IT WAS A CLEAR, calm, lazy April morning, the day the worst week of
my life began.
I was jogging down by the bay with my border collie, Martha. It's
my thing Sunday mornings - get up early and cram my meaningful
other into the front seat of the Explorer. I try to huff out three
miles, from Fort Mason down to the bridge and back. Just enough to
convince myself I'm bordering on something called in shape at
That morning, my buddy Jill came along. To give her baby Lab, Otis,
a run, or so she claimed. More likely, to warm herself up for a
bike sprint up Mount Tamalpais or whatever Jill would do for real
exercise later in the day.
It was hard to believe that it had been only five months since Jill
lost her baby. Now here she was, her body toned and lean
"So, how did it go last night?" she asked, shuffling sideways
beside me. "Word on the street is, Lindsay had a date." "You could
call it a date. . . ," I said, focusing on the heights of Fort
Mason, which weren't getting closer fast enough for me. "You could
call Baghdad a vacation spot, too." She winced. "Sorry I brought it
All run long, my head had been filled with the annoying
recollection of Franklin Fratelli, "asset remarketing" mogul (which
was a fancy way of saying he sent goons after the dot-com busts who
could no longer make the payments on their Beemers and Franck
Mullers). For two months Fratelli had stuck his face in my office
every time he was in the Hall, until he wore me down enough to ask
him up for a meal on Saturday night (the short ribs braised in port
wine I had to pack back into the fridge after he bailed on me at
the last minute).
"I got stood up," I said, mid-stride. "Don't ask, I won't tell the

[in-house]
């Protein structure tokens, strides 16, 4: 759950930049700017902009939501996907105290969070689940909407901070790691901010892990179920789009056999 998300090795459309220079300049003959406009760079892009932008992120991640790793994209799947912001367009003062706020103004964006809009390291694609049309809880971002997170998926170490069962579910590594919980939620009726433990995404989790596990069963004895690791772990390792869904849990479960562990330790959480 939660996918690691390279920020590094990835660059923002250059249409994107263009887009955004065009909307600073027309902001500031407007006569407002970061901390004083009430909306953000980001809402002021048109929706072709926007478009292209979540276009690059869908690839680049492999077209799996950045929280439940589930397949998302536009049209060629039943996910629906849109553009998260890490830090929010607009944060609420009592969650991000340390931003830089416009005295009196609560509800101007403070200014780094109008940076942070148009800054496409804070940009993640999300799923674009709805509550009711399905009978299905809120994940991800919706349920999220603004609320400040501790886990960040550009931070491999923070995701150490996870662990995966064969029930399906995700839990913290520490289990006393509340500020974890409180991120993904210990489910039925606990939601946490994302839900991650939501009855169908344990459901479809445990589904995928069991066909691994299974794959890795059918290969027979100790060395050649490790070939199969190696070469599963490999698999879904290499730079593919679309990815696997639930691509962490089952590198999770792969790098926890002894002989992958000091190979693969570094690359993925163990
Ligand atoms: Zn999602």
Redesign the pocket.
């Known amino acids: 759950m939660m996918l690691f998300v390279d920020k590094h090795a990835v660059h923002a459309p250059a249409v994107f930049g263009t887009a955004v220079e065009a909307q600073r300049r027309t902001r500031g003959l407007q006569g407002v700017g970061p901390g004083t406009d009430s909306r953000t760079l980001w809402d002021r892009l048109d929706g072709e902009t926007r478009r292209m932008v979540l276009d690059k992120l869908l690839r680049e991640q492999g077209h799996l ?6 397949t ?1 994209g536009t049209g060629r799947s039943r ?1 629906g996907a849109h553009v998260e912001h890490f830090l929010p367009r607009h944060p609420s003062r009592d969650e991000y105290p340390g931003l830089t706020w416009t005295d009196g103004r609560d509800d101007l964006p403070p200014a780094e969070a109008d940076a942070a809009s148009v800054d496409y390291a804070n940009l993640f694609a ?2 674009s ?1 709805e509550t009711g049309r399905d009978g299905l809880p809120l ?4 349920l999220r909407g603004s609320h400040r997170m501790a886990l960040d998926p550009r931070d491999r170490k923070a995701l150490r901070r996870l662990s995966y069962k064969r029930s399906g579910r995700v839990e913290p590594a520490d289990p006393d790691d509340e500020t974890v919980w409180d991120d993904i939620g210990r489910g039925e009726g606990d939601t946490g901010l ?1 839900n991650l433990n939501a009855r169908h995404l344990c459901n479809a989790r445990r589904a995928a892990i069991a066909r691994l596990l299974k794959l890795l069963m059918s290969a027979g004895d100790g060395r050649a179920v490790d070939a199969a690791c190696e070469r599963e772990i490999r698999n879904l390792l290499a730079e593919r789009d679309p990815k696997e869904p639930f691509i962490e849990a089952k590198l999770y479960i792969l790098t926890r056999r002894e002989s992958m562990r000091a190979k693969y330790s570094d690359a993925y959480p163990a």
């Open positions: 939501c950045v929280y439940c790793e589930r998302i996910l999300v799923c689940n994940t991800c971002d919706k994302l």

We pulled up at the end of Marina Green, a lung-clearing bray from
me while Mary Decker over there bobbed on her toes as if she could
go another loop.
"I don't know how you do it," I said, hands on hips, trying to
catch my breath.
"My grandmother," she said, shrugging and stretching out a
hamstring. "She started walking five miles a day when she was
sixty. She's ninety now. We have no idea where she is."
We both started to laugh. It was good to see the old Jill trying to
peek through. It was good to hear the laughter back in her
"You up for a mochachino?" I asked. "Martha's buying." "Can't.
Steve's flying in from Chicago. He wants to bike up to see the Dean
Friedlich exhibit at the Legion of Honor as soon as he can get in
and change. You know what the puppy's like when he doesn't get his
I frowned. "Somehow it's hard for me to think of Steve as a
Jill nodded and pulled off her sweatshirt, lifting her arms.
"Jill," I gasped, "what the hell is that?"
Peeking out through the strap of her exercise bra were a couple of
small, dark bruises, like finger marks.
She tossed her sweatshirt over her shoulder, seemingly caught off
guard. "Mashed myself getting out of the shower," she said. "You
should get a load of how it looks." She winked. I nodded, but
something about the bruise didn't sit well with me. "You sure you
don't want that coffee?" I asked.
"Sorry ...You know El Exigente, if I'm five minutes late, he starts
to see it as a pattern." She whistled for Otis and began to jog
back to her car. She waved. "See you at work."
"So how about you?" I knelt down to Martha. "You look like a
mochachino would do the trick." I snapped on her leash and started
to trot off toward the Starbucks on Chestnut. The Marina has always
been one of my favorite neighborhoods.
Curling streets of colorful, restored town houses. Families, the
sound of gulls, the sea air off the bay.
I crossed Alhambra, my eye drifting to a beautiful three-story town
house I always passed and admired. Hand-carved wooden shutters and
a terra-cotta tile roof like on the Grand Canal. I held Martha as a
car passed by.
That's what I remembered about the moment. The neighborhood just
waking up. A redheaded kid in a FUBU sweatshirt practicing tricks
on his Razor. A woman in overalls hurrying around the corner,
carrying a bundle of clothes.
"C'mon, Martha." I tugged on her leash. "I can taste that
Then the town house with the terra-cotta roof exploded into flames.
I mean, it was as if San Francisco were suddenly
Excerpted from 3RD DEGREE © Copyright 2004 by James
Patterson and Andrew Gross. Reprinted with permission by Warner
Books, an imprint of Time Warner Bookmark. All rights